67
9958
by: lcw1964 | last post by:
This may be in the category of bush-league rudimentary, but I am quite perplexed on this and diligent Googling has not provided me with a clear straight answer--perhaps I don't know how to ask the quesion. I have begun to familiarize myself here with the gcc compiler in a win32 environment, in the form of MinGW using both Dev C++ and MSYS as interfaces. I have recompiled some old math code that uses long double types throughout and...
0
2563
by: Charles Coldwell | last post by:
James Kanze <james.kanze@gmail.comwrites: True, with some additional considerations. The commonly used IEEE 754 floating point formats are single precision: 32 bits including 1 sign bit, 23 significand bits (with an implicit leading 1, for 24 total), and 8 exponent bits double precision: 64 bits including 1 sign bit, 52 significand bits
8
14184
by: d major | last post by:
I was very puzzled about the conversion between float and long, I cann't understand why a long val can convert to a float, as the below codes show: typedef unsigned long u_long; float val = 3.14159; u_long nw_val = *((u_long *) &val); than the nw_val equal to 1078530000, I made such conversion: float d_val = *((float*)&nw_val);
0
9856
marktang
by: marktang | last post by:
ONU (Optical Network Unit) is one of the key components for providing high-speed Internet services. Its primary function is to act as an endpoint device located at the user's premises. However, people are often confused as to whether an ONU can Work As a Router. In this blog post, we’ll explore What is ONU, What Is Router, ONU & Router’s main usage, and What is the difference between ONU and Router. Let’s take a closer look ! Part I. Meaning of...
0
9698
by: Hystou | last post by:
Most computers default to English, but sometimes we require a different language, especially when relocating. Forgot to request a specific language before your computer shipped? No problem! You can effortlessly switch the default language on Windows 10 without reinstalling. I'll walk you through it. First, let's disable language synchronization. With a Microsoft account, language settings sync across devices. To prevent any complications,...
0
10910
Oralloy
by: Oralloy | last post by:
Hello folks, I am unable to find appropriate documentation on the type promotion of bit-fields when using the generalised comparison operator "<=>". The problem is that using the GNU compilers, it seems that the internal comparison operator "<=>" tries to promote arguments from unsigned to signed. This is as boiled down as I can make it. Here is my compilation command: g++-12 -std=c++20 -Wnarrowing bit_field.cpp Here is the code in...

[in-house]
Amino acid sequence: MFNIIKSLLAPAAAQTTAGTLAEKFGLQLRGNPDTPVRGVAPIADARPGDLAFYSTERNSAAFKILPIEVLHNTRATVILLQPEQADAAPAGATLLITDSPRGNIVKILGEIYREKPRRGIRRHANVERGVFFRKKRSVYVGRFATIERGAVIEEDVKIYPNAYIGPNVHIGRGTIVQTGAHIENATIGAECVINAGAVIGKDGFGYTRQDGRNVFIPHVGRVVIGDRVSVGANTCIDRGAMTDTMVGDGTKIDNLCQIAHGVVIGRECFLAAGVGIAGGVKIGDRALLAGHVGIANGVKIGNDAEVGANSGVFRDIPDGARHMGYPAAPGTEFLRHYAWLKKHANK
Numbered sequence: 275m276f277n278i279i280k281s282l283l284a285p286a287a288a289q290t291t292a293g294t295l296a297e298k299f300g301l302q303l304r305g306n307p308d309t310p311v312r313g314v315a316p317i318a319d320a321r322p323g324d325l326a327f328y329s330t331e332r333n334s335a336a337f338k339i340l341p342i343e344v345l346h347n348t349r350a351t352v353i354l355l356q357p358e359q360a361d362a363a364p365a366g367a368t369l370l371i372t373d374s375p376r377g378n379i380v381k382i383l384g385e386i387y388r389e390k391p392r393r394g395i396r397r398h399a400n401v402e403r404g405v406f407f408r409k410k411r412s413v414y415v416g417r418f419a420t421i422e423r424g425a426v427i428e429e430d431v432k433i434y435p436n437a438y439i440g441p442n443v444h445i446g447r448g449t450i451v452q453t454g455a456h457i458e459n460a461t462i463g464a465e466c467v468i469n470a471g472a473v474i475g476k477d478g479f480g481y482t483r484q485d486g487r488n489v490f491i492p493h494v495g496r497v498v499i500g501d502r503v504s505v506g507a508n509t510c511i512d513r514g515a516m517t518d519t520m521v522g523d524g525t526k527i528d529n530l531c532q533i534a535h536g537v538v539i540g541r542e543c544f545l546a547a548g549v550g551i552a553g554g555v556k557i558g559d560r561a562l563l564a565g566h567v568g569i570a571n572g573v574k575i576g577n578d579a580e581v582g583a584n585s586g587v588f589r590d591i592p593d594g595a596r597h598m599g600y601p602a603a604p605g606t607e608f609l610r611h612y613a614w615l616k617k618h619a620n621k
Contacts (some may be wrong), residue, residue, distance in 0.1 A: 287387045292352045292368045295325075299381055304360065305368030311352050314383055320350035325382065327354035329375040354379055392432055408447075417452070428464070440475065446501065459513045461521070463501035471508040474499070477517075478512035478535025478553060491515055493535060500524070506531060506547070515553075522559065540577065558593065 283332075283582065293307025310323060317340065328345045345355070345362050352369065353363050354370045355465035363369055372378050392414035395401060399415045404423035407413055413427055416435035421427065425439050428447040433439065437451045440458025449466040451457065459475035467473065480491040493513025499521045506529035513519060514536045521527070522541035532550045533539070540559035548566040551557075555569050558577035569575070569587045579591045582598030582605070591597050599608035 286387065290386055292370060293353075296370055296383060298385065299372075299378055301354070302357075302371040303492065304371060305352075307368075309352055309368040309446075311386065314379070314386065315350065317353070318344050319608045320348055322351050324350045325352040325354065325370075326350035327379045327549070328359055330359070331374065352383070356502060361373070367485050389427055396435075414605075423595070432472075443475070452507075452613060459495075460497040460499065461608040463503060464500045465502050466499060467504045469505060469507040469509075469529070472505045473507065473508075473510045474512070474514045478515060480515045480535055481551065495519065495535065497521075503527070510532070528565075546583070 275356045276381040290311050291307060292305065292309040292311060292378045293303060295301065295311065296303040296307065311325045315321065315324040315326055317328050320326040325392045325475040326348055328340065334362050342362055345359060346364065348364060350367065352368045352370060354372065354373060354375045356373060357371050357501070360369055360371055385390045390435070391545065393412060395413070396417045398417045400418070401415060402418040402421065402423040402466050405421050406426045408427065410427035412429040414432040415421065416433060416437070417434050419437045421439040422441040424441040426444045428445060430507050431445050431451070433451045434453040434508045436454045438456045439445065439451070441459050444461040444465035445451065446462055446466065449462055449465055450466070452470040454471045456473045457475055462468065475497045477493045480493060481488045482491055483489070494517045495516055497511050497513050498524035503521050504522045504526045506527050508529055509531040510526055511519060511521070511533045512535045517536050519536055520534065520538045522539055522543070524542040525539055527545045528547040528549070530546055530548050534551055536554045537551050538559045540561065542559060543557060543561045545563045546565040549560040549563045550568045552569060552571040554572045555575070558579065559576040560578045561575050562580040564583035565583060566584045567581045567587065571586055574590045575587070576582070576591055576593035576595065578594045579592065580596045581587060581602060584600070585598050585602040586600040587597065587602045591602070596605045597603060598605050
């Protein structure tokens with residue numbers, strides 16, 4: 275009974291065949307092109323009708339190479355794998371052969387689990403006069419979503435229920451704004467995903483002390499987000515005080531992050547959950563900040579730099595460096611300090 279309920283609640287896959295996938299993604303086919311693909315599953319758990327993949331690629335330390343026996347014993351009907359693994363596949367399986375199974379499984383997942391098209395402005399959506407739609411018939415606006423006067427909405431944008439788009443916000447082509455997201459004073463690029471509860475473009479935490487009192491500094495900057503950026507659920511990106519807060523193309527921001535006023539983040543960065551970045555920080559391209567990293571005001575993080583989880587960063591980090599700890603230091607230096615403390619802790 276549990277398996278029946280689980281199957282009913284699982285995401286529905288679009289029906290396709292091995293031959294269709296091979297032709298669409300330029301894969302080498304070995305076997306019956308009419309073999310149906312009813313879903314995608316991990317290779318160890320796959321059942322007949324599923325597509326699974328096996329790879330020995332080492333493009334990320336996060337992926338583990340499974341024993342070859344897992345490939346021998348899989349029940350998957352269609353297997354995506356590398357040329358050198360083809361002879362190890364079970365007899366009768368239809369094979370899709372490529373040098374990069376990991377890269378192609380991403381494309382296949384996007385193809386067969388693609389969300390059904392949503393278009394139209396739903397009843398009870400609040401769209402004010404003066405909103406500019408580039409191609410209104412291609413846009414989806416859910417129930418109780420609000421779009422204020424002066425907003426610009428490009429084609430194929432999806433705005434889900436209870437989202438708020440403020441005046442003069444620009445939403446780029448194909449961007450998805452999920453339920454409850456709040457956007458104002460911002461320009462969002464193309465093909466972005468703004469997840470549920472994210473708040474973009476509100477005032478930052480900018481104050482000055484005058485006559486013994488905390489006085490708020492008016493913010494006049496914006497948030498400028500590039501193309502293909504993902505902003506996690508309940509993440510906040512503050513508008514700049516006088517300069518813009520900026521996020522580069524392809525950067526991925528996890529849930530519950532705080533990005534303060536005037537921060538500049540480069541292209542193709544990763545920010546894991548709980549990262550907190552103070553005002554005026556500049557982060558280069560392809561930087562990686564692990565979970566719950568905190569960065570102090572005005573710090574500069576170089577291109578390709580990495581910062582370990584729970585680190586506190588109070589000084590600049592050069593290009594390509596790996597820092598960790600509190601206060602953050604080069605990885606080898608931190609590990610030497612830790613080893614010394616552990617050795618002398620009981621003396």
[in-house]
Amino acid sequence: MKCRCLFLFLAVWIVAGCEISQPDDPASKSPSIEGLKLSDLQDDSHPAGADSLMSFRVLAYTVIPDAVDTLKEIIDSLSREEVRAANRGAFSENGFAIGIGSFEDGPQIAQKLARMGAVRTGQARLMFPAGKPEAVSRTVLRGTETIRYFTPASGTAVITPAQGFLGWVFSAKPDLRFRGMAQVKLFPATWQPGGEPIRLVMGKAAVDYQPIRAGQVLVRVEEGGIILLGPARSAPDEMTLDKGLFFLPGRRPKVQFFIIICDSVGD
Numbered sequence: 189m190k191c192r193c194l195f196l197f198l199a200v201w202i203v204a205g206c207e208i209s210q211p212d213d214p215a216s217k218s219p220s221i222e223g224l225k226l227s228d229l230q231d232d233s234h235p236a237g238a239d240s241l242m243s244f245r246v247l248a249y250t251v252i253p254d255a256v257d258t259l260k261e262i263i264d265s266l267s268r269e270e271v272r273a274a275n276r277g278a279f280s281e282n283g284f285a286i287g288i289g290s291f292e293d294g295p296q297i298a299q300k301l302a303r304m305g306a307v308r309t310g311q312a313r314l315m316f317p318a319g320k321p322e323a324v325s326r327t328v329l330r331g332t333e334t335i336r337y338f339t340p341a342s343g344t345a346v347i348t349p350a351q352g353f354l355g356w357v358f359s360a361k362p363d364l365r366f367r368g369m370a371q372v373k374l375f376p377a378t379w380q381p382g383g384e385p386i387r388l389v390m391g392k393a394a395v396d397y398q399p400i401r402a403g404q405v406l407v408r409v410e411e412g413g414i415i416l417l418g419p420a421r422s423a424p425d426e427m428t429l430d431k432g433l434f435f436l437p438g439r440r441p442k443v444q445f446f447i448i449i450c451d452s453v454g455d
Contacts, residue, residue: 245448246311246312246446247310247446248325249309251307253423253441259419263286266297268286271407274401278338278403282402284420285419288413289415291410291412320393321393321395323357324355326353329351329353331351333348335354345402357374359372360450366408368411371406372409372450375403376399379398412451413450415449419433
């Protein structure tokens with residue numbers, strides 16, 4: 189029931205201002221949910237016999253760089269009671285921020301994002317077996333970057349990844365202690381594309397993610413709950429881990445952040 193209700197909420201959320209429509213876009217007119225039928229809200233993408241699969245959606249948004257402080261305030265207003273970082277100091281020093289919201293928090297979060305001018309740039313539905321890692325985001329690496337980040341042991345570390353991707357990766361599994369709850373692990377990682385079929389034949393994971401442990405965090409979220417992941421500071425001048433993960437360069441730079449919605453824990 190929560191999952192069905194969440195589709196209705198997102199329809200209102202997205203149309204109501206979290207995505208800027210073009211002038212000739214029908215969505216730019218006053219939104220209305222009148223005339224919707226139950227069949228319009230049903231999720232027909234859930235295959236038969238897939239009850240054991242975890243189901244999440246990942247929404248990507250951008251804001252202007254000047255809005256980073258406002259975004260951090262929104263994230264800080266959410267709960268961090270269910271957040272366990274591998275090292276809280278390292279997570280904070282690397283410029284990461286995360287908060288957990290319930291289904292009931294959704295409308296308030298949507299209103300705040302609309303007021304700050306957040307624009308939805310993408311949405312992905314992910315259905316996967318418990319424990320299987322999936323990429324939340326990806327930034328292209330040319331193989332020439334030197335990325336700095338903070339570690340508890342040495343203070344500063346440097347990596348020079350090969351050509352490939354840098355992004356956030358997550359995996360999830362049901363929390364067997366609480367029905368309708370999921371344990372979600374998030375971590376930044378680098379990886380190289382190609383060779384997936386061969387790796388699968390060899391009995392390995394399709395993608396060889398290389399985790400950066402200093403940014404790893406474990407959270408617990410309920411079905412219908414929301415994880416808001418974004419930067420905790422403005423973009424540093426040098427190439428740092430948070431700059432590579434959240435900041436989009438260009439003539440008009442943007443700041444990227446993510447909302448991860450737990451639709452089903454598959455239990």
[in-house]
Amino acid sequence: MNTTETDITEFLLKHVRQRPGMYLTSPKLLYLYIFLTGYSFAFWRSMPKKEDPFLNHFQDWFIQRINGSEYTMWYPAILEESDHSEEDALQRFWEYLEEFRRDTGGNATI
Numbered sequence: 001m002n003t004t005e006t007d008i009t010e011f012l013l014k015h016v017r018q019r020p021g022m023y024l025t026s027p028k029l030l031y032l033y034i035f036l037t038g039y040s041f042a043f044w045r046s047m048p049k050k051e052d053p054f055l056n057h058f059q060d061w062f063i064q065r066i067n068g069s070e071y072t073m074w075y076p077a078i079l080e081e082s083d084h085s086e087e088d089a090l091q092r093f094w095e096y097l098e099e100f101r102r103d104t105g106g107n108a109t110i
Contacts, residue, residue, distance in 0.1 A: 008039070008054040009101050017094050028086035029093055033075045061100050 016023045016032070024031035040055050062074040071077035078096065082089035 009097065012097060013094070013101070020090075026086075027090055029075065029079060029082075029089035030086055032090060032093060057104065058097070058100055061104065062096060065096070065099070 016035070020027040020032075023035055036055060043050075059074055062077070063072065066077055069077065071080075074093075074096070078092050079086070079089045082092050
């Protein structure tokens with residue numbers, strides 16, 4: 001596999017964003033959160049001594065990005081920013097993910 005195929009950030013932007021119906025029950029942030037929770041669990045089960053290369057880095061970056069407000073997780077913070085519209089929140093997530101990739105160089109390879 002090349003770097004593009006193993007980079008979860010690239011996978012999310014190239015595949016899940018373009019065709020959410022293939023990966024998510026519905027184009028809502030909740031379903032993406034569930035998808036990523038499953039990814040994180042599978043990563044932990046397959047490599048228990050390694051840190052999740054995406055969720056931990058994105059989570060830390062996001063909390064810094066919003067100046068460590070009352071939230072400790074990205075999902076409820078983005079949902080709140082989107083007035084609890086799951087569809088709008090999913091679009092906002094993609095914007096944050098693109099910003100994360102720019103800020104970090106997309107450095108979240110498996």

0
10589
jinu1996
by: jinu1996 | last post by:
In today's digital age, having a compelling online presence is paramount for businesses aiming to thrive in a competitive landscape. At the heart of this digital strategy lies an intricately woven tapestry of website design and digital marketing. It's not merely about having a website; it's about crafting an immersive digital experience that captivates audiences and drives business growth. The Art of Business Website Design Your website is...
0
10297
tracyyun
by: tracyyun | last post by:
Dear forum friends, With the development of smart home technology, a variety of wireless communication protocols have appeared on the market, such as Zigbee, Z-Wave, Wi-Fi, Bluetooth, etc. Each protocol has its own unique characteristics and advantages, but as a user who is planning to build a smart home system, I am a bit confused by the choice of these technologies. I'm particularly interested in Zigbee because I've heard it does some...
1
7833
isladogs
by: isladogs | last post by:
The next Access Europe User Group meeting will be on Wednesday 1 May 2024 starting at 18:00 UK time (6PM UTC+1) and finishing by 19:30 (7.30PM). In this session, we are pleased to welcome a new presenter, Adolph Dupré who will be discussing some powerful techniques for using class modules. He will explain when you may want to use classes instead of User Defined Types (UDT). For example, to manage the data in unbound forms. Adolph will...
0
7021
by: conductexam | last post by:
I have .net C# application in which I am extracting data from word file and save it in database particularly. To store word all data as it is I am converting the whole word file firstly in HTML and then checking html paragraph one by one. At the time of converting from word file to html my equations which are in the word document file was convert into image. Globals.ThisAddIn.Application.ActiveDocument.Select();...
1
4493
by: 6302768590 | last post by:
Hai team i want code for transfer the data from one system to another through IP address by using C# our system has to for every 5mins then we have to update the data what the data is updated we have to send another system
2
4066
muto222
by: muto222 | last post by:
How can i add a mobile payment intergratation into php mysql website.

By using Bytes.com and it's services, you agree to our Privacy Policy and Terms of Use.

To disable or enable advertisements and analytics tracking please visit the manage ads & tracking page.